Read His Name Was Death by Fredric Brown Free Online
Book Title: His Name Was Death|
The author of the book: Fredric Brown
Date of issue: July 2nd 1991
ISBN 13: 9780679734680
Format files: PDF
The size of the: 5.18 MB
Read full description of the books His Name Was Death:If you haven't read Fredric Brown's work, you are missing something truly exquisite. Considering that the guy absolutely hated to write, what's come out of his brain is genius. His Name was Death makes two by Brown that I've read; between this one and Here Comes a Candle, the second one was far more intense and had me heebie-jeebied all the way through, but both are super books. Now waiting in the bullpen is Homicide Sanitarium -- oh god, what a great name! -- which I'm dying to crack open soon. That should give you an inkling of how much I like this author. Better known for his SF stories, Fredric Brown is a top-notch crime writer as well.
1940s Los Angeles is the setting for this very small book, with an opening line that whets your appetite right from the start:
"Her name was Joyce Dugan, and at four o'clock on this February afternoon she had no remote thought that within the hour before closing time she was about to commit an act that would instigate a chain of murders."
It isn't long until we find out who Joyce Dugan is and what she's done to "instigate a chain of murders," albeit unwittingly. Acting out of friendship, she starts a series of events that ends up in a gut-punching shocker of a finish. At the printing shop where she works one day, in walks Claude Atkins, one of Joyce's old boyfriends from high school. He's not there to see Joyce, but to pick up a check from Joyce's boss, Darius Conn, with whom he'd recently swapped cars with a little extra coming from Darius to make up for the difference. Joyce decides to give him money out of the petty cash box but there's not enough, so after a call to her boss, she writes out a check. But Atkins needs cash for the weekend. Just then Joyce remembers the envelope full of money in the office safe; she has Atkins endorse the check and pulls out $90 in brand new ten dollar bills, leaving the signed-over check in the envelope. Now everyone's happy. But wait.
When Darius gets back to the office he discovers what Joyce has done and it's a big problem. The money Joyce gave Claude just happened to be counterfeit, part of a batch Darius was planning to parlay into a net profit of about $2500. The printing office is a front for his operation, and Joyce has just given nine of his newly-printed test bills to someone who, if he was caught with the fake money, would know just where it came from. Darius can't take that chance:
"He had to get that money back from Claude Atkins. Somehow. No matter what the risk of doing that, it couldn't be any greater than the risk of doing nothing or the risk of running.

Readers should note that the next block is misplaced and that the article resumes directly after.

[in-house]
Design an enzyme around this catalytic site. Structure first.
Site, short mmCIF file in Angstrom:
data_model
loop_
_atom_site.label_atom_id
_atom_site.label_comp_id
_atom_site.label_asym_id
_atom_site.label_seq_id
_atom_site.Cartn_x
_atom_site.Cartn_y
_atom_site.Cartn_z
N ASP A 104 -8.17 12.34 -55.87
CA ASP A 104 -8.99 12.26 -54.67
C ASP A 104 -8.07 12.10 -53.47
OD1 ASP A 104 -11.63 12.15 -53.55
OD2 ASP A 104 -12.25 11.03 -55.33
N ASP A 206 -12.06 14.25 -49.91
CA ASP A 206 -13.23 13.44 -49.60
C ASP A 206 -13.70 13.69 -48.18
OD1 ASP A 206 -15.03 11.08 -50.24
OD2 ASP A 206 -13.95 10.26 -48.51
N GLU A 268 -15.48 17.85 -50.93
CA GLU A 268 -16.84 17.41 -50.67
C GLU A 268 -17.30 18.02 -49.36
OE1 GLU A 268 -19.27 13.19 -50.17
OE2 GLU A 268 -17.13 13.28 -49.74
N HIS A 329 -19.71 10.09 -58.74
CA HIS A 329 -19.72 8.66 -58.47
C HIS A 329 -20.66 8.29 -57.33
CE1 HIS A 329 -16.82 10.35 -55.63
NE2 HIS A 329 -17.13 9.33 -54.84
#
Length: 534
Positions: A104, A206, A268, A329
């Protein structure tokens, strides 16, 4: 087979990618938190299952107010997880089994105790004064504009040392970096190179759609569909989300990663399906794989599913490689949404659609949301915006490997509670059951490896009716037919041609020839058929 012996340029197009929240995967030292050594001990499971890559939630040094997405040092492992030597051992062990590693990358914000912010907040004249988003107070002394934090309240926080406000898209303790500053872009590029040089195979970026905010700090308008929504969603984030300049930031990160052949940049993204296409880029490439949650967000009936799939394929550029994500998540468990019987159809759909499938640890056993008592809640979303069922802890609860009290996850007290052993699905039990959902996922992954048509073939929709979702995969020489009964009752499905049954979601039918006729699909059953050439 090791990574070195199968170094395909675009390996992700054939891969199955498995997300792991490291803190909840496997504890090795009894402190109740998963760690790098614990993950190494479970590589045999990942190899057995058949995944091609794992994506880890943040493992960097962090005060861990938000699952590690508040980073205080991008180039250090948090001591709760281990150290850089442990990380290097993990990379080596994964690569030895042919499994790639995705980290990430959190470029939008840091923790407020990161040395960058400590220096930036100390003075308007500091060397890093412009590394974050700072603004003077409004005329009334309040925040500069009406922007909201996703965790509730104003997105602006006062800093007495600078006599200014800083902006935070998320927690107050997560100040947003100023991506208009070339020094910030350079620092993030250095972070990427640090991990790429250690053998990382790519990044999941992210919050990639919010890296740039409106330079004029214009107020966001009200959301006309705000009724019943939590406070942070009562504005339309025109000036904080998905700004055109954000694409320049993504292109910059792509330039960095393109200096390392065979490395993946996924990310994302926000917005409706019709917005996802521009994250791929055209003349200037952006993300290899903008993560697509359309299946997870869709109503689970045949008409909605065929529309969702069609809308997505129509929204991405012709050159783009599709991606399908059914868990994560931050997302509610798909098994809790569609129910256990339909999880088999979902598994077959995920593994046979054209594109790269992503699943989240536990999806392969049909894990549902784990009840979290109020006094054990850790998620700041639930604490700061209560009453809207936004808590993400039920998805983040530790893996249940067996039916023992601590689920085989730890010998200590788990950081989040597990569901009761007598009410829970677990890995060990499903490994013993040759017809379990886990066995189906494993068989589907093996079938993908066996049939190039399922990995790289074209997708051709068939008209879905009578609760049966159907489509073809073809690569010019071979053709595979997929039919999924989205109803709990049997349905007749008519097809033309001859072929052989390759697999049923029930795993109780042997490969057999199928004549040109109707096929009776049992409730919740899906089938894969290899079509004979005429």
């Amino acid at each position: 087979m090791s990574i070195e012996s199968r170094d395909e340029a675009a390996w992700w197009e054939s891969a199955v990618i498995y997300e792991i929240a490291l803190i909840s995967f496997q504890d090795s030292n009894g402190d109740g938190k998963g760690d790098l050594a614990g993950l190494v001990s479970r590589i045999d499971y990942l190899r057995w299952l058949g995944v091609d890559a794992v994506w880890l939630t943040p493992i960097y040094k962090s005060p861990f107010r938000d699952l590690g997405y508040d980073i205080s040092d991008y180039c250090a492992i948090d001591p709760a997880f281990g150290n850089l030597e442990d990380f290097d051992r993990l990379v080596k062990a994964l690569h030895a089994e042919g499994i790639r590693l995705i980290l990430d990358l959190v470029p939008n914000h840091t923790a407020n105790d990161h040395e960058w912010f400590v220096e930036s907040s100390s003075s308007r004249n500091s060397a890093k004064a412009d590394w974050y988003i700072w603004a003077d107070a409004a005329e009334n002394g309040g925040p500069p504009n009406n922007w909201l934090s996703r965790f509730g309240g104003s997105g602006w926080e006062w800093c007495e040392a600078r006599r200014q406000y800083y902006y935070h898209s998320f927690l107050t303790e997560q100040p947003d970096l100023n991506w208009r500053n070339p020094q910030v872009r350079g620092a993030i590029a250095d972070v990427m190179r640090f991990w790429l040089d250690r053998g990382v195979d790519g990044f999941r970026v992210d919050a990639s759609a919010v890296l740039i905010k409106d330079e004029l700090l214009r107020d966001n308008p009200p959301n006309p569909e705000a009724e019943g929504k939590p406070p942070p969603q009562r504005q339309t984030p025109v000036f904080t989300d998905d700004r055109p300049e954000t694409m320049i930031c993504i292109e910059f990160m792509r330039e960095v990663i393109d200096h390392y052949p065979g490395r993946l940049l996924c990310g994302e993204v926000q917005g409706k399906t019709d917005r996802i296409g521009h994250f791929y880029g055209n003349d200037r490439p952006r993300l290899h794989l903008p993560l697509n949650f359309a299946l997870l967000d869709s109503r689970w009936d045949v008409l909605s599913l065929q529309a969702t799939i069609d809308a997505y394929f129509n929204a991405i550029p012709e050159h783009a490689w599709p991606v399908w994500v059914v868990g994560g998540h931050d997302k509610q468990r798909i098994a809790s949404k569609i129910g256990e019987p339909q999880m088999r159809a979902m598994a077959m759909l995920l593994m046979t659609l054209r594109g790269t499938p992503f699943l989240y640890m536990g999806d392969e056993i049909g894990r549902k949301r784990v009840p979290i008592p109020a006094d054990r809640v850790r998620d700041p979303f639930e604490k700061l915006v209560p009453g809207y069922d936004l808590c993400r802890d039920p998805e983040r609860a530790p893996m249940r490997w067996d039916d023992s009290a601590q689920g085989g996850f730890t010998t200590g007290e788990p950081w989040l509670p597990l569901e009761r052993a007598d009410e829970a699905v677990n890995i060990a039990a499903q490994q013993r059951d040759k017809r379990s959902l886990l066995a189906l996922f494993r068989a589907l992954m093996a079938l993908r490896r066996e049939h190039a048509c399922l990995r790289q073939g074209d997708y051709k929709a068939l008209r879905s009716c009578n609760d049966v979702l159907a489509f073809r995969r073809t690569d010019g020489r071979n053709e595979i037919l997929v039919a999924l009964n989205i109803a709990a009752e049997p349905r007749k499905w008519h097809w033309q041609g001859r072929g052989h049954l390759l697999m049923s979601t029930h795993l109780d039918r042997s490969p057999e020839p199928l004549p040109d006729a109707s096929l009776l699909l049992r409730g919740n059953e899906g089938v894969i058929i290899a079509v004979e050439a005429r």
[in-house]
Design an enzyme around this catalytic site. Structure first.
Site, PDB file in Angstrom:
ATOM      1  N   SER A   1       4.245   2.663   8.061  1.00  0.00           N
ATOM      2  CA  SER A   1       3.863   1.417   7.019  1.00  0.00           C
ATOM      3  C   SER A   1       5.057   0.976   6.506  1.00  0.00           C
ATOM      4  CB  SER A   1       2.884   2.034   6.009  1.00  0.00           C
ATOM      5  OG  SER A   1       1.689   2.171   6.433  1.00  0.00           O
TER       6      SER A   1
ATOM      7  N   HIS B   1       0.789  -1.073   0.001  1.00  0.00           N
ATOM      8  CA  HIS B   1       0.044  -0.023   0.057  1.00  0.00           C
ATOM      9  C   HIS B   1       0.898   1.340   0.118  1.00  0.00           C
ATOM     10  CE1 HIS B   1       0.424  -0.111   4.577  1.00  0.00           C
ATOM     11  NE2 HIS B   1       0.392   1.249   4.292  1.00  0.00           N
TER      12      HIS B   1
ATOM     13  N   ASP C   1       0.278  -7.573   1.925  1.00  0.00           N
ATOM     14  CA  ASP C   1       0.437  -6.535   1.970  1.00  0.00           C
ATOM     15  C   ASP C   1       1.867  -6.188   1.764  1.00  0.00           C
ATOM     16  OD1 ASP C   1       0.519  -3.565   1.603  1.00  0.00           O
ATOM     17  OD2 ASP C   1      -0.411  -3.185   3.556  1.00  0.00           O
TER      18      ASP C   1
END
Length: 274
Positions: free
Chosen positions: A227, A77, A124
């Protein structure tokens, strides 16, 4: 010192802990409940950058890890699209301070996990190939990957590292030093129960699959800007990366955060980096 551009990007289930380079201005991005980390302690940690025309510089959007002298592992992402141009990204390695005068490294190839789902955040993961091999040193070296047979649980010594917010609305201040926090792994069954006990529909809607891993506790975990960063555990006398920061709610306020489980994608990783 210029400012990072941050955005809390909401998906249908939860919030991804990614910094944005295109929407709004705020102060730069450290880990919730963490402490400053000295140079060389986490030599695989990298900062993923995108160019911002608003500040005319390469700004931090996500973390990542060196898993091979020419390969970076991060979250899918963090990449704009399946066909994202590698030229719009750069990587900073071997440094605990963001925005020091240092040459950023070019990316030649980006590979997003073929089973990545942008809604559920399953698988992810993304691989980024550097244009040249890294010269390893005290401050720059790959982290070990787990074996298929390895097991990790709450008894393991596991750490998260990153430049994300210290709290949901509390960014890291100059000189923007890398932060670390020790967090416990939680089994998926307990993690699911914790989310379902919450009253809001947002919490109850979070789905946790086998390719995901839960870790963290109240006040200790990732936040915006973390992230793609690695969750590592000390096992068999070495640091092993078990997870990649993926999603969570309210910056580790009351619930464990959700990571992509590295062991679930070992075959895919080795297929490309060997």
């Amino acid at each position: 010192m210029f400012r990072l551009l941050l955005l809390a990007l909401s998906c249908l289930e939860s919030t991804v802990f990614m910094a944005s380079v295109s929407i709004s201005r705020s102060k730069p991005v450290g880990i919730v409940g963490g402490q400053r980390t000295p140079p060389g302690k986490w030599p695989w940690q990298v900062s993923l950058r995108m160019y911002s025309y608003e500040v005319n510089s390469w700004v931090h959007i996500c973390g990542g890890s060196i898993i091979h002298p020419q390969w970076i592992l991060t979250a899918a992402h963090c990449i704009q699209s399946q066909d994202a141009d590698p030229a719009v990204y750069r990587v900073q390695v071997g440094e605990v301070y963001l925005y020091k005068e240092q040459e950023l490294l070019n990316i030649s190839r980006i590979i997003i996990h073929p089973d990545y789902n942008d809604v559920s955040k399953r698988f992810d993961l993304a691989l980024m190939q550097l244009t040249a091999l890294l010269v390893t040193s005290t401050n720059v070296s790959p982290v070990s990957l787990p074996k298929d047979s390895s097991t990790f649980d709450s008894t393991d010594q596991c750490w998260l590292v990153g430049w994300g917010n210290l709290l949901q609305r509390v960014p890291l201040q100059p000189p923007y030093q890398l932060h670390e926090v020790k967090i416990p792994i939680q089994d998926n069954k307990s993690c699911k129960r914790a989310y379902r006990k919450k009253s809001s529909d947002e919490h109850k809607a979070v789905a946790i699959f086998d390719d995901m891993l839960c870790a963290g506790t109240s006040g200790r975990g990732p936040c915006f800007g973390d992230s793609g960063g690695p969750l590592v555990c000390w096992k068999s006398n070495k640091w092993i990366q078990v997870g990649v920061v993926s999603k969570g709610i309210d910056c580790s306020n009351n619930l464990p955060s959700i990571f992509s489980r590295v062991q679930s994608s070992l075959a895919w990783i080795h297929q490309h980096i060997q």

Get it without killing if possible, but kill if that turned out to be the only way.
He'd got away with murder once, hadn't he?"
His plan: to improvise, to take the opportunity when it knocks -- even if it means he has to kill. Darius is still proud of himself -- the reader discovers early on that he's gotten away with murdering his wife just a year earlier -- so he figures if saving himself prison time for the counterfeit money means he has to kill again, well, it's what he has to do. He still gloats inwardly about having fooled the cops and acting the grieving husband; he even got to be friends with the detective handling his wife's murder case. The rest of the novel follows Darius as he tries to retrieve his fake funds -- but well, even quick-thinking Darius can't predict the hitches along the way.
Considering the edge of darkness that you ride as you read through the novel, Brown is very economic in terms of story telling -- the novel is sleek, with absolutely nothing unnecessary weighing down the plot, a lesson many modern crime novelists really need to learn. The dimly-lit, seedy bars along with the city streets and back alleys of Los Angeles give an honest feel for place and time which enhances the story. He manages to hold you in suspense all along the way without resorting to the burdensome backstory to make his characterizations work, there is no unnecessary exposition, and there's even a good measure of black, sardonic humor thrown into this book. And then the classic Fredric Brown ending -- well, it's truly what you would least expect.
Highly, highly recommended.
Read information about the authorFredric Brown was an American science fiction and mystery writer. He was one of the boldest early writers in genre fiction in his use of narrative experimentation. While never in the front rank of popularity in his lifetime, Brown has developed a considerable cult following in the almost half century since he last wrote. His works have been periodically reprinted and he has a worldwide fan base, most notably in the U.S. and Europe, and especially in France, where there have been several recent movie adaptations of his work. He also remains popular in Japan.
Never financially secure, Brown - like many other pulp writers - often wrote at a furious pace in order to pay bills. This accounts, at least in part, for the uneven quality of his work. A newspaperman by profession, Brown was only able to devote 14 years of his life as a full-time fiction writer. Brown was also a heavy drinker, and this at times doubtless affected his productivity. A cultured man and omnivorous reader whose interests ranged far beyond those of most pulp writers, Brown had a lifelong interest in the flute, chess, poker, and the works of Lewis Carroll. Brown married twice and was the father of two sons.
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